Bipartisan Senate Panel: State Department Failed to Secure Benghazi Mission Despite Multiple Requests

Ambassador Stevens asked for a minimum of 13 security personnel. He got 3


Not really news. We knew all this from multiple cables and testimony by Hicks and Nordstrom, but it's now firmly on the record from a bipartisan senate panel and without any of the equivocation from Hillary's house-cleaning team.

On July 9, 2012, Stevens sent a cable to State Department headquarters requesting a minimum of 13 "Temporary Duty" (TDY) U.S. security personnel for Libya, which he said could be made up of DS agents, DoD Site Security Team (SST) personnel, or_some combination ofthe two.  These TDY security personnel were needed to meet the requested security posture in Tripoli and Benghazi. The State Department never fulfilled this request and, according to Eric Nordstrom, State Department headquarters never responded to the request with a cable.

Despite the clearly deteriorating security situation in Benghazi and requests for additional security resources, few significant improvements were made by the State Department to the security posture of the Temporary Mission Facility.

Although the Mission facility met the minimum personnel requirements ~or Diplomatic Security agents as accepted by the U.S. Embassy in Tripoli at the time of the August 15 EAC meeting (specifically, the three Diplomatic Security agents were assigned to guard the Mission compound), the Committee found no evidence that significant actions were taken by the State Department between August 15, 2012, and September 11, 2012, to increase security at the Mission facility in response to the concerns raised in that meeting...

In contrast, the CIA, in response to the same deteriorating security situation and IC threat reporting, consistently upgraded its security posture over the same time period.

Ambassador Stevens asked for a minimum of 13 personnel. He got 3 on site and 2 others who came with him.

There has been considerable public discussion about the DoD's Site Security Team in Tripoli. The SST, which was provided by the DoD at no expense to the Department of State, consisted of 16 special operations personnel detailed to the Chief of Mission in Libya...

State Department headquarters made the decision not to request an extension of the SST's mission in August 2012, approximately one month prior to the attacks, because State believed that many of the duties of the SST could be accomplished by local security forces, DS agents, or other State Department DoD personnel in Libya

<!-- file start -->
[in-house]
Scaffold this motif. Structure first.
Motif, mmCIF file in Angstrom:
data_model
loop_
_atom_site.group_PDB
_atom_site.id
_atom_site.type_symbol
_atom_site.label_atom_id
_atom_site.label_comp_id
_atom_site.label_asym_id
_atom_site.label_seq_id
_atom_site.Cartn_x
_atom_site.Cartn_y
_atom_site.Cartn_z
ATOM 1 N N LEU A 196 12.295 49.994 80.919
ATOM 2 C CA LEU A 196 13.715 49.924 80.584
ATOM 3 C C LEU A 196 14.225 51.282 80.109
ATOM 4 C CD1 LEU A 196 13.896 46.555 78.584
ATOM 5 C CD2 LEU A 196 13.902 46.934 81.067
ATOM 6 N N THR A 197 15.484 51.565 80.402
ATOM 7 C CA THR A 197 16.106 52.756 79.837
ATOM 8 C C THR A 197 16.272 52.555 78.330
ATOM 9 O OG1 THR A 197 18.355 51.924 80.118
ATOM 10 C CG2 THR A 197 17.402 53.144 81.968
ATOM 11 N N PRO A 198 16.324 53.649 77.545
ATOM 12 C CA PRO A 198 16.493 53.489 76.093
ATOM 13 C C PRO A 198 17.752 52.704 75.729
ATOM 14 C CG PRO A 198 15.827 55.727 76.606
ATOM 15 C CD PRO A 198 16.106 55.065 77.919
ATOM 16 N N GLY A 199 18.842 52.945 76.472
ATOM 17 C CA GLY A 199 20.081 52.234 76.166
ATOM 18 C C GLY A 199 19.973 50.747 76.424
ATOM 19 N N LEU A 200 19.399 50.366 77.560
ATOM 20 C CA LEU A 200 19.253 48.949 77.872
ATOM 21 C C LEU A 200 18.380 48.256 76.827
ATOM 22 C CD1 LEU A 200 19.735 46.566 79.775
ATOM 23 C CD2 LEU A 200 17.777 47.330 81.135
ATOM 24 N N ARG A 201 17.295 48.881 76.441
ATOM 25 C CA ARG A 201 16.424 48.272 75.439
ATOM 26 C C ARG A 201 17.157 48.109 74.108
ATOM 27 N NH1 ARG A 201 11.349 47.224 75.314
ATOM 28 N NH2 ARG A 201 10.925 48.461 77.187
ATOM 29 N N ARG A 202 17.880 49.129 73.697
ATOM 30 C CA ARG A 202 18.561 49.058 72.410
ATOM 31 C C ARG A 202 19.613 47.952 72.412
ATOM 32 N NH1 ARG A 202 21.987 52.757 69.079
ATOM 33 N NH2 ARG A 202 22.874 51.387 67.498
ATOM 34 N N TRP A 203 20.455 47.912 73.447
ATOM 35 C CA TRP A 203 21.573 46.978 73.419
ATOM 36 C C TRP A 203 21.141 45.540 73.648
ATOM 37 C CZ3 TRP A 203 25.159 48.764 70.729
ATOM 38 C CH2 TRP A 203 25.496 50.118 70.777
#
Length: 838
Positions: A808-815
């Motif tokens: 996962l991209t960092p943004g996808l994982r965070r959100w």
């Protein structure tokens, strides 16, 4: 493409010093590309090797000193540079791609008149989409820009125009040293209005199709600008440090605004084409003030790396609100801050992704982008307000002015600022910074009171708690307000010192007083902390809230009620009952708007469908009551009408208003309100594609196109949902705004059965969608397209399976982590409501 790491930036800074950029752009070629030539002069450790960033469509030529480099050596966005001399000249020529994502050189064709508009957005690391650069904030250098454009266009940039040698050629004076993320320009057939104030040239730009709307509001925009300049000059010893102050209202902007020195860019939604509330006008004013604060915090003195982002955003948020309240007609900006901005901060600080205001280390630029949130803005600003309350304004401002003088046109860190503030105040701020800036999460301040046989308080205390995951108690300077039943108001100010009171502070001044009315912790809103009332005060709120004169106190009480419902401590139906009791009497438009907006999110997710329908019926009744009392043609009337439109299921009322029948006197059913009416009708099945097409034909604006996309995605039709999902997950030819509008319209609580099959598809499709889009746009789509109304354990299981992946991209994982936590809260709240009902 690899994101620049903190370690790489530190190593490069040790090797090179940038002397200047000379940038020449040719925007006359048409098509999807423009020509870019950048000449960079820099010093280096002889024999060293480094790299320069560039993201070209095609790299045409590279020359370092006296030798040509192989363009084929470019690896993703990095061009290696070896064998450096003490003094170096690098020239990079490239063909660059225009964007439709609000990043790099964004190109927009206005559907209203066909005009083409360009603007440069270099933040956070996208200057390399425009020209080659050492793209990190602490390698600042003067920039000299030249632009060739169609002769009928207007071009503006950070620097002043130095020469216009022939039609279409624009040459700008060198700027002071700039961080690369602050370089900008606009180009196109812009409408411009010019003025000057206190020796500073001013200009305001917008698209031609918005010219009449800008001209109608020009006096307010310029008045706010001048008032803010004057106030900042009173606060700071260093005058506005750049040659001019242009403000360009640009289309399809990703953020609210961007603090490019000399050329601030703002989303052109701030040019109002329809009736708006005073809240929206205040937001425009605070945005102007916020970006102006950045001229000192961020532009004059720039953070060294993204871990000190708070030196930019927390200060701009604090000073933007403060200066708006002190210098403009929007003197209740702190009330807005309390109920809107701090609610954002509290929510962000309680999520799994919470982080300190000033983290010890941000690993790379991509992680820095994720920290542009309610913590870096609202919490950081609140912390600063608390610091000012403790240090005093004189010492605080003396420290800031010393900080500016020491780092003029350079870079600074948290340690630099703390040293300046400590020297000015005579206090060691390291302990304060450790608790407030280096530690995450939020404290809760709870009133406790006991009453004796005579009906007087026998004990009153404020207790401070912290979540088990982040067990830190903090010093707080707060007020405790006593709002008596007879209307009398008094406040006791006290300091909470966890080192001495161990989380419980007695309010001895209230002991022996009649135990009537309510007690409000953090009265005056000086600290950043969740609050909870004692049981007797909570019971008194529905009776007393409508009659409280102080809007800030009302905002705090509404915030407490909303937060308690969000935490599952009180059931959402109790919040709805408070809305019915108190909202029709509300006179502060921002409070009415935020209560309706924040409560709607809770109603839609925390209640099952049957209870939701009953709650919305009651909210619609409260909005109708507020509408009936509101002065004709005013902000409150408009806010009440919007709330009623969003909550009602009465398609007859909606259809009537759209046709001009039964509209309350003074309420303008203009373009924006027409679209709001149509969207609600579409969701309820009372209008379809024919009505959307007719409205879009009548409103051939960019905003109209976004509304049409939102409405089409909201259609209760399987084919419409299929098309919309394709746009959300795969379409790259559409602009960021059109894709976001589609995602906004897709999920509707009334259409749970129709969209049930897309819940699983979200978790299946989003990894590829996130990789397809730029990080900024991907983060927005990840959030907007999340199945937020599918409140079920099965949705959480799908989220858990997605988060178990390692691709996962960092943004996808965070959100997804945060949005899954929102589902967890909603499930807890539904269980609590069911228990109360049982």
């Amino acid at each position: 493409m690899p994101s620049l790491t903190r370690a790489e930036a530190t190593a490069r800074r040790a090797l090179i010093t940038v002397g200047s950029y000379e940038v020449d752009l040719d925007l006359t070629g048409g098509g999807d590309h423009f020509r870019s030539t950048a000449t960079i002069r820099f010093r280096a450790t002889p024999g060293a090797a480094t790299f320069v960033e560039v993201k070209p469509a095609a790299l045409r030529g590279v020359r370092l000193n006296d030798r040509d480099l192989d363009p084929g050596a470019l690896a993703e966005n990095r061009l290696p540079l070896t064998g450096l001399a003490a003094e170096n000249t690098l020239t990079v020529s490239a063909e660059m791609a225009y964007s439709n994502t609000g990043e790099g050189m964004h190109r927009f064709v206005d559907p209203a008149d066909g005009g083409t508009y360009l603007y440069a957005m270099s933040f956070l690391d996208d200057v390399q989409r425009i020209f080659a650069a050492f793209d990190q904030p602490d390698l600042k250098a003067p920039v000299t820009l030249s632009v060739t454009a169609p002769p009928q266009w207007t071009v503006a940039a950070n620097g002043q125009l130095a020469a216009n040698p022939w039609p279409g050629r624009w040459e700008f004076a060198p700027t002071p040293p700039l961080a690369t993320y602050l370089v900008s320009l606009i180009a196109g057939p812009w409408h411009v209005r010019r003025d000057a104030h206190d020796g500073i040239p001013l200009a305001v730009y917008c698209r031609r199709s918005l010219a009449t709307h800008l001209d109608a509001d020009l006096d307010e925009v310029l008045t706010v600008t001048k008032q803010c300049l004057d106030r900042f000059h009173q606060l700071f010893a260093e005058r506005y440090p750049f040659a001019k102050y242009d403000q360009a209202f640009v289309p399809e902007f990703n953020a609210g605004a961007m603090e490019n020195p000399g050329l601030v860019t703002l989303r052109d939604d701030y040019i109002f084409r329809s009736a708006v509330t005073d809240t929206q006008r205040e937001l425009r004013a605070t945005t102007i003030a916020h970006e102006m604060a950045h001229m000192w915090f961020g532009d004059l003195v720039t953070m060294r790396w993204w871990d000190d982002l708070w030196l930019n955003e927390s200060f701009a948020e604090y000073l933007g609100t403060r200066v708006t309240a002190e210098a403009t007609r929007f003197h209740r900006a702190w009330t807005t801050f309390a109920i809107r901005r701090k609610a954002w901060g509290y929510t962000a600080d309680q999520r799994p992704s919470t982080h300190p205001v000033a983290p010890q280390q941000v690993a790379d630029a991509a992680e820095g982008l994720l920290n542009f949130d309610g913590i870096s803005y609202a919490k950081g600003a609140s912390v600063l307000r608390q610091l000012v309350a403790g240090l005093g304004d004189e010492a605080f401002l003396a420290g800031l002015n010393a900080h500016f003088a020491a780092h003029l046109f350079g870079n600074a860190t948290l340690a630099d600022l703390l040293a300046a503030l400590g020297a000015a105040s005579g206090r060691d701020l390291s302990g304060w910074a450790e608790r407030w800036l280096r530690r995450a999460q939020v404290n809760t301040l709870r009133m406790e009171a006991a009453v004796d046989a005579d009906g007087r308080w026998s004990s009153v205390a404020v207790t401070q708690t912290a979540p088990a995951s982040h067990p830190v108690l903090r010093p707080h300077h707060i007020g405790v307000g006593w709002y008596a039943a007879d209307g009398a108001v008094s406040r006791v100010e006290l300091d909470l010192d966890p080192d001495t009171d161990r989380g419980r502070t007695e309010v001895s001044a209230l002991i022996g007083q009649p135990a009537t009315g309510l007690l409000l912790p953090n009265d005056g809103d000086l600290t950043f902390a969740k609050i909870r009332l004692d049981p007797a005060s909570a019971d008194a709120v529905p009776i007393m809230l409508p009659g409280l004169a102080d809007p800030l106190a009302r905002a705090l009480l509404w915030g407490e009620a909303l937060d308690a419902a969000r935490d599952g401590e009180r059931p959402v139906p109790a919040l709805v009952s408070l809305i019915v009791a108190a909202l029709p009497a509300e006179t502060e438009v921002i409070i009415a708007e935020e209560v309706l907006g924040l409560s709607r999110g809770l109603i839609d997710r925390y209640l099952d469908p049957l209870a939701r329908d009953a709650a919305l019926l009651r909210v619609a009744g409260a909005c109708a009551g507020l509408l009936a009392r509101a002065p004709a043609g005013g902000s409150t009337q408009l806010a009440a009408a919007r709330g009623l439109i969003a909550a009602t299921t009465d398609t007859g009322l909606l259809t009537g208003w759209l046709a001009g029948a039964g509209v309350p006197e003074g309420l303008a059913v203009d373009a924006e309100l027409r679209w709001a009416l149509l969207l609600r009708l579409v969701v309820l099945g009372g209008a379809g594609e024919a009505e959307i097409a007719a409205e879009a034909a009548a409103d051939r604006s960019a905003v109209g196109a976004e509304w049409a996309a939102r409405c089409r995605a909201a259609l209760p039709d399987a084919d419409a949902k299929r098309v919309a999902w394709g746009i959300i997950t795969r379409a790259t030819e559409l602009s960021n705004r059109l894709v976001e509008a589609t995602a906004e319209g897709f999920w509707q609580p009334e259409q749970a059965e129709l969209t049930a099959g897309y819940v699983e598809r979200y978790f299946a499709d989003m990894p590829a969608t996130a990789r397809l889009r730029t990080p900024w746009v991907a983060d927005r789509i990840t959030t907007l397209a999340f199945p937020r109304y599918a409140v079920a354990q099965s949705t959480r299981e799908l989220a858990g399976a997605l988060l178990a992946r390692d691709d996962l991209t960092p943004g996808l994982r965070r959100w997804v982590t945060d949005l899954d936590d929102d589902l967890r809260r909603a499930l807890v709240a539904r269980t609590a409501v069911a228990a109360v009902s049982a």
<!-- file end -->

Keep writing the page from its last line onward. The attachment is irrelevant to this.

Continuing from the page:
According to the report, Stevens was to blame for some of this. It appears that he wanted some native security forces and he got them.

DoD confirmed to the Committee that Ambassador Stevens declined two specific offers from General Carter Ham, then the head of AFRICOM, to sustain the SST in the weeks before the terrorist attacks. After reading the August 16, 2012, EAC cable, General Ham called Ambassador Stevens and asked if the Embassy needed the SST from the U.S. military, but Stevens told Ham it did not.

Stevens is on the record as wanting security personnel, but didn't want that form of security, probably for diplomatic reasons. It's not terribly surprising that he was complicit in what happened.

There were "tripwires" designed to prompt a reduction in personnel or the suspension of operations at the Mission facility in Benghazi and although there is evidence that some of them had been crossed, operations continued with minimal change.

State Department documents indicate that its Bureau of Near Eastern Affairs was aware of the fact that many of the tripwires had indeed been crossed and discussed suspending operations, but never did. Given these developments and the available intelligence at the time, the Committee believes the State Department should have recognized the need to increase security to a level commensurate with the threat, or suspend operations in Benghazi. However, operations continued with minimal improvements in security and personnel protections

Which did not happen. And as I said in the interview, that is what this comes down to. Hillary's State Department failed to secure a diplomatic facility that they knew was under threat and had been attacked in the past. They failed to meet its security needs as requested by its own ambassador.

As noted, one unarmed Predator was diverted to provide surveillance coverage of the Temporary Mission Facility as it was being attacked. This Predator was subsequently replaced by another unanned Predator to enable the first Predator to return to base for refueling.

It's not stated, but the Predators were unarmed because Libya did not authorize the US to conduct armed flights. The question is why, considering the Al Qaeda presence in Eastern Libya and the difficulty supporting US personnel there, didn't Obama Inc. at least insist on having authorization for self-defense.